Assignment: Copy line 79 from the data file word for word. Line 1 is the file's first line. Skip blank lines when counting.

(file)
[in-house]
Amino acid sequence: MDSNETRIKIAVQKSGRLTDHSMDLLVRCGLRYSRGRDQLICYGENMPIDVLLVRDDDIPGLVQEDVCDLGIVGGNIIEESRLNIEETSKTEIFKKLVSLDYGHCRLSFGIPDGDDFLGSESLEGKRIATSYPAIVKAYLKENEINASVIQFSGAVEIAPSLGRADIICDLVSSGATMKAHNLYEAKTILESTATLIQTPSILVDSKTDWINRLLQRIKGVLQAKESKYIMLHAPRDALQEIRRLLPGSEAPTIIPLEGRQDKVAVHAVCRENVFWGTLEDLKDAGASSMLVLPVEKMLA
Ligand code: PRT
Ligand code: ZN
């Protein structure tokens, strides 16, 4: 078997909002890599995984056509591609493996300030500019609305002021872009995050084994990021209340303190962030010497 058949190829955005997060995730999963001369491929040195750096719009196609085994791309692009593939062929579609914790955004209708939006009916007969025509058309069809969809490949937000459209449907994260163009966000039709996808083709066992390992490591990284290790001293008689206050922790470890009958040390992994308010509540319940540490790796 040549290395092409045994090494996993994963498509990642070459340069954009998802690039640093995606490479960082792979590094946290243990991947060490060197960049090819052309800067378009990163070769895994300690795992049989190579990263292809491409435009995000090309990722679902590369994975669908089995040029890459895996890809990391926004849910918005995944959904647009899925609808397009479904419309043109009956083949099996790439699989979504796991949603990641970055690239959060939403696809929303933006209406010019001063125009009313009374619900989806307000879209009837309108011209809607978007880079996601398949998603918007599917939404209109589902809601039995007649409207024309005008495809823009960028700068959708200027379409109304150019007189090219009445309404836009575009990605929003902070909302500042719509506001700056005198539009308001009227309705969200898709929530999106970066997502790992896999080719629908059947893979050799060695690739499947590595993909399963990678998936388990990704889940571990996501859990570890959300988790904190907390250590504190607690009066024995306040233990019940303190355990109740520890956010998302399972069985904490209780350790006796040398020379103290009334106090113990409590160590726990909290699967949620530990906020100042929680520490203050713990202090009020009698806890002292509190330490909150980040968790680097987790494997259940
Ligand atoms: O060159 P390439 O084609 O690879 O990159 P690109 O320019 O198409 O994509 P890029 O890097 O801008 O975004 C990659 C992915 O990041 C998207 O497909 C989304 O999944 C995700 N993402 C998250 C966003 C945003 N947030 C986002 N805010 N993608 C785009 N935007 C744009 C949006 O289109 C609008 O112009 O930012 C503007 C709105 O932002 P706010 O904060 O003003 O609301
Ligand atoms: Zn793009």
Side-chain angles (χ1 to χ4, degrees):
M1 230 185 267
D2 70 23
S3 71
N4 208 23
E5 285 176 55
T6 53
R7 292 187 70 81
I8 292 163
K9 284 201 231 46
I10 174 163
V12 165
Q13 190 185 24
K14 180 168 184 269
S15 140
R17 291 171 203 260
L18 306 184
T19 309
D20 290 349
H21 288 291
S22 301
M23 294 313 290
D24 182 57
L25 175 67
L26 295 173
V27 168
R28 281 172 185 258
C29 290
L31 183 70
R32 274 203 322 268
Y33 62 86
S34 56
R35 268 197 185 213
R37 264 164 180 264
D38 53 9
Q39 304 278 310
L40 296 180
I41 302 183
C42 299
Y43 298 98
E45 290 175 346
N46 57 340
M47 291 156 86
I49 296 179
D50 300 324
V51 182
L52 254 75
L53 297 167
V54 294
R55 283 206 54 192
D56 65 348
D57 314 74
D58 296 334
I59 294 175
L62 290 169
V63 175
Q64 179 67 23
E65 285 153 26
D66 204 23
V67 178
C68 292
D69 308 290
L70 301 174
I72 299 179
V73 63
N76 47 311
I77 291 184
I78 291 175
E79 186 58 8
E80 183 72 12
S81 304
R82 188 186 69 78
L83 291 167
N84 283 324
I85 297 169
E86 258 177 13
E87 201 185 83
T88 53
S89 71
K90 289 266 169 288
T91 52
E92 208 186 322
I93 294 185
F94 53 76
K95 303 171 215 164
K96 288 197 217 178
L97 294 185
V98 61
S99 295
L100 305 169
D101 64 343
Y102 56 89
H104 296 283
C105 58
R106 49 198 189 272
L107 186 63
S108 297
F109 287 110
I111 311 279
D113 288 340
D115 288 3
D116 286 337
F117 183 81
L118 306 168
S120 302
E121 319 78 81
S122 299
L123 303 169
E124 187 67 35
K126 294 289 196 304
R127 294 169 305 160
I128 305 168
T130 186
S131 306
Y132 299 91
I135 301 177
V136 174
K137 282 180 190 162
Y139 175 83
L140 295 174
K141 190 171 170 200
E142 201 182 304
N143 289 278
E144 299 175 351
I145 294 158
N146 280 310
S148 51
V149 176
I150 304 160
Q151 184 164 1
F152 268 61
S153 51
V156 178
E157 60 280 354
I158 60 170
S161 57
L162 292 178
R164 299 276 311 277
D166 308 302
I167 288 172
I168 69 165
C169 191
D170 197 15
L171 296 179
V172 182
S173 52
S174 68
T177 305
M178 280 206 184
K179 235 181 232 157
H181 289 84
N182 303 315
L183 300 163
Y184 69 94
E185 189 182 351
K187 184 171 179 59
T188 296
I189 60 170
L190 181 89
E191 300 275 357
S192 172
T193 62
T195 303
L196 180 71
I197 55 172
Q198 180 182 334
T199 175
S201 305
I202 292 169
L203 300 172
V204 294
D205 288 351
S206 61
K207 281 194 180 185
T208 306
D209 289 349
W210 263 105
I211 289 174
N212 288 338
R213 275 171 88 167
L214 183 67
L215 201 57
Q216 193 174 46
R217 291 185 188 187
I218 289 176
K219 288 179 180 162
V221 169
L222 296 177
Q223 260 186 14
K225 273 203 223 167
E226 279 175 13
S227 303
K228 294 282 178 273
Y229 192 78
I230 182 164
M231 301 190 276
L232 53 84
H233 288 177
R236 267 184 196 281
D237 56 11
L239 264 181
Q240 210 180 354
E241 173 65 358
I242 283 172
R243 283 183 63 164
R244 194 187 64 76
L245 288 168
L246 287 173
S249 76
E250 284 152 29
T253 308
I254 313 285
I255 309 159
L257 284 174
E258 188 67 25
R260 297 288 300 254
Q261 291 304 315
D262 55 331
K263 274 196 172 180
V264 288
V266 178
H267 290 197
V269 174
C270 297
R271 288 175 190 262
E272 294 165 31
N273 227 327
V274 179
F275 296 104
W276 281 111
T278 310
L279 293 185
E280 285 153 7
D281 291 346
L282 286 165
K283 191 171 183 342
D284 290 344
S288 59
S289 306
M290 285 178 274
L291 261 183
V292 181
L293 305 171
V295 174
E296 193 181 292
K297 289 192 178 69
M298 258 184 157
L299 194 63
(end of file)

R82 188 186 69 78